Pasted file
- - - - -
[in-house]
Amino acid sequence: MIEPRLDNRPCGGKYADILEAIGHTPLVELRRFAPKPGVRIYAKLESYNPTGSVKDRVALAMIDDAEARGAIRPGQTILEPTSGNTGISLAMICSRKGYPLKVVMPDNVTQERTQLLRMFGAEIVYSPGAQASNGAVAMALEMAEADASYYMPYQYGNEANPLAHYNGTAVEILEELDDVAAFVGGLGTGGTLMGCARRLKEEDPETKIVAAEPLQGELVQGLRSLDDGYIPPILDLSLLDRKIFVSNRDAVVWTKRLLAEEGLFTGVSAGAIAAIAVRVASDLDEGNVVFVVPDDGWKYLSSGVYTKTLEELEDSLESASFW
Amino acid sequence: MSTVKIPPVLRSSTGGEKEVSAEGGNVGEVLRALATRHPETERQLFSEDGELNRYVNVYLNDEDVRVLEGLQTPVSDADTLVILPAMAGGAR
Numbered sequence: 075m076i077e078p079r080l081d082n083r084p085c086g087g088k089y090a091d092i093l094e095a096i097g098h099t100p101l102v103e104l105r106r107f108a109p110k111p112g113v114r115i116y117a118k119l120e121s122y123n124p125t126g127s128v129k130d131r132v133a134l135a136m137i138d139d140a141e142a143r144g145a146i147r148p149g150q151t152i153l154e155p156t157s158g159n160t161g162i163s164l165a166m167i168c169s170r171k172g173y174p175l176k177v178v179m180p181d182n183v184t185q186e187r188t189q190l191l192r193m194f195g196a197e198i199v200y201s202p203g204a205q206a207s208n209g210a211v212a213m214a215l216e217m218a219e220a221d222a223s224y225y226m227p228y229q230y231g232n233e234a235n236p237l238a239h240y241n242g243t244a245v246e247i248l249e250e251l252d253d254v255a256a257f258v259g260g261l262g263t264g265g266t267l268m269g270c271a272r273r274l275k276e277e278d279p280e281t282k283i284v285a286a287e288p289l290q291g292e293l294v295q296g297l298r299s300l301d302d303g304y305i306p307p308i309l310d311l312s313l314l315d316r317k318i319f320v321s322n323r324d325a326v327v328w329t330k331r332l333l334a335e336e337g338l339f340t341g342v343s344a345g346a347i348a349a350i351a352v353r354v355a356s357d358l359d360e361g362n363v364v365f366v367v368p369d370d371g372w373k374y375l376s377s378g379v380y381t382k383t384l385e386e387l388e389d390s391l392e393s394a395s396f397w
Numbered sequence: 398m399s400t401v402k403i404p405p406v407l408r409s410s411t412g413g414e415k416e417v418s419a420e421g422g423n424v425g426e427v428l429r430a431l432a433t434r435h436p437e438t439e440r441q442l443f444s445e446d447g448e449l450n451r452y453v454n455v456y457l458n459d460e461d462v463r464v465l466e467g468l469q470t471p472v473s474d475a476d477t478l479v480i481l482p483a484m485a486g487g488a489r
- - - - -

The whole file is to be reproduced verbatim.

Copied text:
[in-house]
Amino acid sequence: MIEPRLDNRPCGGKYADILEAIGHTPLVELRRFAPKPGVRIYAKLESYNPTGSVKDRVALAMIDDAEARGAIRPGQTILEPTSGNTGISLAMICSRKGYPLKVVMPDNVTQERTQLLRMFGAEIVYSPGAQASNGAVAMALEMAEADASYYMPYQYGNEANPLAHYNGTAVEILEELDDVAAFVGGLGTGGTLMGCARRLKEEDPETKIVAAEPLQGELVQGLRSLDDGYIPPILDLSLLDRKIFVSNRDAVVWTKRLLAEEGLFTGVSAGAIAAIAVRVASDLDEGNVVFVVPDDGWKYLSSGVYTKTLEELEDSLESASFW
Amino acid sequence: MSTVKIPPVLRSSTGGEKEVSAEGGNVGEVLRALATRHPETERQLFSEDGELNRYVNVYLNDEDVRVLEGLQTPVSDADTLVILPAMAGGAR
Numbered sequence: 075m076i077e078p079r080l081d082n083r084p085c086g087g088k089y090a091d092i093l094e095a096i097g098h099t100p101l102v103e104l105r106r107f108a109p110k111p112g113v114r115i116y117a118k119l120e121s122y123n124p125t126g127s128v129k130d131r132v133a134l135a136m137i138d139d140a141e142a143r144g145a146i147r148p149g150q151t152i153l154e155p156t157s158g159n160t161g162i163s164l165a166m167i168c169s170r171k172g173y174p175l176k177v178v179m180p181d182n183v184t185q186e187r188t189q190l191l192r193m194f195g196a197e198i199v200y201s202p203g204a205q206a207s208n209g210a211v212a213m214a215l216e217m218a219e220a221d222a223s224y225y226m227p228y229q230y231g232n233e234a235n236p237l238a239h240y241n242g243t244a245v246e247i248l249e250e251l252d253d254v255a256a257f258v259g260g261l262g263t264g265g266t267l268m269g270c271a272r273r274l275k276e277e278d279p280e281t282k283i284v285a286a287e288p289l290q291g292e293l294v295q296g297l298r299s300l301d302d303g304y305i306p307p308i309l310d311l312s313l314l315d316r317k318i319f320v321s322n323r324d325a326v327v328w329t330k331r332l333l334a335e336e337g338l339f340t341g342v343s344a345g346a347i348a349a350i351a352v353r354v355a356s357d358l359d360e361g362n363v364v365f366v367v368p369d370d371g372w373k374y375l376s377s378g379v380y381t382k383t384l385e386e387l388e389d390s391l392e393s394a395s396f397w
Numbered sequence: 398m399s400t401v402k403i404p405p406v407l408r409s410s411t412g413g414e415k416e417v418s419a420e421g422g423n424v425g426e427v428l429r430a431l432a433t434r435h436p437e438t439e440r441q442l443f444s445e446d447g448e449l450n451r452y453v454n455v456y457l458n459d460e461d462v463r464v465l466e467g468l469q470t471p472v473s474d475a476d477t478l479v480i481l482p483a484m485a486g487g488a489r